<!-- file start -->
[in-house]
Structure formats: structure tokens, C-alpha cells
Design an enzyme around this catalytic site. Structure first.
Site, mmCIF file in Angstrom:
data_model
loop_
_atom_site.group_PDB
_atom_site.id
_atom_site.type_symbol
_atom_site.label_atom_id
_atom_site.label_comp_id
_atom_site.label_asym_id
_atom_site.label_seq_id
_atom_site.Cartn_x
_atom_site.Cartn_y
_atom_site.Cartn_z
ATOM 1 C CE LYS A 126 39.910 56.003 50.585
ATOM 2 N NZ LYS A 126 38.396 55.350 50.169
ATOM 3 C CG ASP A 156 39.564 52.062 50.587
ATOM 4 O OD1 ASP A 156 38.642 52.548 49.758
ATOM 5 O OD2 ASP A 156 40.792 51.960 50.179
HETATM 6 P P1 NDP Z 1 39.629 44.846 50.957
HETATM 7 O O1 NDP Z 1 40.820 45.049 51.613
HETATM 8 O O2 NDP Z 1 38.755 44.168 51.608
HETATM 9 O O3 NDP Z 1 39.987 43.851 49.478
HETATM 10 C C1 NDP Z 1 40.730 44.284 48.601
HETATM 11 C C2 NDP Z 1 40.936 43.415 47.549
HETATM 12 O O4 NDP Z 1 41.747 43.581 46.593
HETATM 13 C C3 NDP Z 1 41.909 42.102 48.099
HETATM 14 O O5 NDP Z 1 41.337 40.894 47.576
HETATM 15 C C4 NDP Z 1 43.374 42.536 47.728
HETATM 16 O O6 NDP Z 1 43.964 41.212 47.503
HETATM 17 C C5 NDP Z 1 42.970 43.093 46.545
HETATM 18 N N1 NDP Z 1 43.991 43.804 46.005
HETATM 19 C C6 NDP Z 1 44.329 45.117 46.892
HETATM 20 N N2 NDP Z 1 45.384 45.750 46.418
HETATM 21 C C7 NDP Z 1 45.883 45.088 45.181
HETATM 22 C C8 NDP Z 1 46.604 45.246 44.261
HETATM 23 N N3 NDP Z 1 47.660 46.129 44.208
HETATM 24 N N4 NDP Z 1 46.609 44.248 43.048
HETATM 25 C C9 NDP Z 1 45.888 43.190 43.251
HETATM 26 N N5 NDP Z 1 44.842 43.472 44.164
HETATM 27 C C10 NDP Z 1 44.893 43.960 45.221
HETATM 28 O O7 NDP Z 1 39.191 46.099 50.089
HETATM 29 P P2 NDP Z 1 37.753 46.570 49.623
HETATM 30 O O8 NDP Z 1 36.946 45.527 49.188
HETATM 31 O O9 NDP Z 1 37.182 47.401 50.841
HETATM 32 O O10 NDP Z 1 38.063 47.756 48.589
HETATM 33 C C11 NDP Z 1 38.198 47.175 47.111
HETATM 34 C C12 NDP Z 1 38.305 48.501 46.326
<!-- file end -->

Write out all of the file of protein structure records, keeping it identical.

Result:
[in-house]
Structure formats: structure tokens, C-alpha cells
Design an enzyme around this catalytic site. Structure first.
Site, mmCIF file in Angstrom:
data_model
loop_
_atom_site.group_PDB
_atom_site.id
_atom_site.type_symbol
_atom_site.label_atom_id
_atom_site.label_comp_id
_atom_site.label_asym_id
_atom_site.label_seq_id
_atom_site.Cartn_x
_atom_site.Cartn_y
_atom_site.Cartn_z
ATOM 1 C CE LYS A 126 39.910 56.003 50.585
ATOM 2 N NZ LYS A 126 38.396 55.350 50.169
ATOM 3 C CG ASP A 156 39.564 52.062 50.587
ATOM 4 O OD1 ASP A 156 38.642 52.548 49.758
ATOM 5 O OD2 ASP A 156 40.792 51.960 50.179
HETATM 6 P P1 NDP Z 1 39.629 44.846 50.957
HETATM 7 O O1 NDP Z 1 40.820 45.049 51.613
HETATM 8 O O2 NDP Z 1 38.755 44.168 51.608
HETATM 9 O O3 NDP Z 1 39.987 43.851 49.478
HETATM 10 C C1 NDP Z 1 40.730 44.284 48.601
HETATM 11 C C2 NDP Z 1 40.936 43.415 47.549
HETATM 12 O O4 NDP Z 1 41.747 43.581 46.593
HETATM 13 C C3 NDP Z 1 41.909 42.102 48.099
HETATM 14 O O5 NDP Z 1 41.337 40.894 47.576
HETATM 15 C C4 NDP Z 1 43.374 42.536 47.728
HETATM 16 O O6 NDP Z 1 43.964 41.212 47.503
HETATM 17 C C5 NDP Z 1 42.970 43.093 46.545
HETATM 18 N N1 NDP Z 1 43.991 43.804 46.005
HETATM 19 C C6 NDP Z 1 44.329 45.117 46.892
HETATM 20 N N2 NDP Z 1 45.384 45.750 46.418
HETATM 21 C C7 NDP Z 1 45.883 45.088 45.181
HETATM 22 C C8 NDP Z 1 46.604 45.246 44.261
HETATM 23 N N3 NDP Z 1 47.660 46.129 44.208
HETATM 24 N N4 NDP Z 1 46.609 44.248 43.048
HETATM 25 C C9 NDP Z 1 45.888 43.190 43.251
HETATM 26 N N5 NDP Z 1 44.842 43.472 44.164
HETATM 27 C C10 NDP Z 1 44.893 43.960 45.221
HETATM 28 O O7 NDP Z 1 39.191 46.099 50.089
HETATM 29 P P2 NDP Z 1 37.753 46.570 49.623
HETATM 30 O O8 NDP Z 1 36.946 45.527 49.188
HETATM 31 O O9 NDP Z 1 37.182 47.401 50.841
HETATM 32 O O10 NDP Z 1 38.063 47.756 48.589
HETATM 33 C C11 NDP Z 1 38.198 47.175 47.111
HETATM 34 C C12 NDP Z 1 38.305 48.501 46.326